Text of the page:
The mention of four burgesses at Bridlington (Brellington, Burlington) in the Domesday survey shows it to have been a borough before the Conquest.
In 1553, by which the town was incorporated under the title of the bailiff and burgesses, who were to bear the name of aldermen.
Two burgesses had attended parliament in 1343, but none had been summoned since.
The town was governed by the mayor and burgesses until the corporation was reformed in 1835.
The province of the court included all acts and contracts between burgesses, and extended to criminal cases in which burgesses were involved.
The independent position of the burgesses, who thus assumed a position of equality by the side of the feudal class, is one of the peculiarities of the kingdom of Jerusalem.
The incorporation charter of 1468 granted these to the burgesses, who continue to hold them.
It was incorporated under the name of "Bailiff, Burgesses and Commonalty" by Edward IV.
The bailiff was to be chosen annually by the burgesses, but his election seems to have depended entirely upon the lord of the manor, and, after a contest in 1821 between Lord Forester and Sir W.
Yearly for every toft, granting them the same privileges as the burgesses of Grimsby, and that their reeve should be chosen annually by the lord of the manor at his court leet, preference being given to the burgesses if they would pay as much as others for the office.
Incorporated the town under the title of mayor and burgesses and granted a gild merchant with a hanse.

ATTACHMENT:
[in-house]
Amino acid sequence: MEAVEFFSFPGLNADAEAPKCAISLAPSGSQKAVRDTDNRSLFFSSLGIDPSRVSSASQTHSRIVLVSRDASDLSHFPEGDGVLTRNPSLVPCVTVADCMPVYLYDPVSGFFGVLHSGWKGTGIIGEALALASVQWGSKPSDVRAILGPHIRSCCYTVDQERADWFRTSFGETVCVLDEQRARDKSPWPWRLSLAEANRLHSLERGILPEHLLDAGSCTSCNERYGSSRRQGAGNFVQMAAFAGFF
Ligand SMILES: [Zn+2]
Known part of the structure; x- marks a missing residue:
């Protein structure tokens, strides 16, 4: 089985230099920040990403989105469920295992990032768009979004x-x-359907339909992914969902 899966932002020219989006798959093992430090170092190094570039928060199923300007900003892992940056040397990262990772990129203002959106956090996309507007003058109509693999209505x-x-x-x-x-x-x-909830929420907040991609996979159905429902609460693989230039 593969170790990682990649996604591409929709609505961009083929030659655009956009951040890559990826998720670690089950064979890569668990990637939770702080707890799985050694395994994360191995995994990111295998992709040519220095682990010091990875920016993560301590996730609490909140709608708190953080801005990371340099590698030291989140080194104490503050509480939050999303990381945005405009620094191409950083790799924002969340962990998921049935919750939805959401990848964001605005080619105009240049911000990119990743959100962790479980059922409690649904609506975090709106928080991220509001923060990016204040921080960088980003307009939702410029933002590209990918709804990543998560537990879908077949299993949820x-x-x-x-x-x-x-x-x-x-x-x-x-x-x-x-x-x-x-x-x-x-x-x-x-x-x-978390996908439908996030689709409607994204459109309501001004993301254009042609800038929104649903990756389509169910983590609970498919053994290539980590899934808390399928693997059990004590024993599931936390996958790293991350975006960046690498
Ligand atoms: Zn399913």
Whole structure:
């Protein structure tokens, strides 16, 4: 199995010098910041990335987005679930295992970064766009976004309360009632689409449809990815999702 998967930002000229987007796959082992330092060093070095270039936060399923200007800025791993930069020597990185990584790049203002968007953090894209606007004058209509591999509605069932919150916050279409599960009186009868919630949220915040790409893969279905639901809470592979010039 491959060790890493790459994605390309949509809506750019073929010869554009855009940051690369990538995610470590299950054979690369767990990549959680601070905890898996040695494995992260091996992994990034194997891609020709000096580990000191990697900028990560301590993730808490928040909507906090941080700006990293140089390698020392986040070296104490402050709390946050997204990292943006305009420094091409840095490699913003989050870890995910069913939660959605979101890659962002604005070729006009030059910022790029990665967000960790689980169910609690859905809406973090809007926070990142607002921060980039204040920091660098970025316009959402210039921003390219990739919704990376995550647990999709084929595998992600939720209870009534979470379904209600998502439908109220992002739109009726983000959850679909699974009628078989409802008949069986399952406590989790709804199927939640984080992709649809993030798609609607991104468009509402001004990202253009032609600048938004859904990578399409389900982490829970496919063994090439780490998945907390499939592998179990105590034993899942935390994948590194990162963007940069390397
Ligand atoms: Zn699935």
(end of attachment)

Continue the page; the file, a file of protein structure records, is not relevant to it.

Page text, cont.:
And a similar one was granted, while in 1489 the king gave the burgesses licence to continue choosing a mayor as they had done in the time of Richard III.
And regulated the choice of the mayor by providing that he should be elected from among the chief burgesses by the burgesses themselves.
By his incorporation charter granted the market rights in the borough to the burgesses, who still hold them under his charter.
Burgesses was almost equally sovereign within its sphere.
A governing charter, under the title of mayor and burgesses, was given by James II.
Berkhampstead (Beorhhamstede, Berchehamstede) was undoubtedly of some importance in Saxon times since there were fifty-two burgesses there at the time of the Conquest.
In 1618, however, the burgesses received an incorporation charter; but after the civil wars the corporate body began to fail through poverty, and in the 18th century had ceased to exist.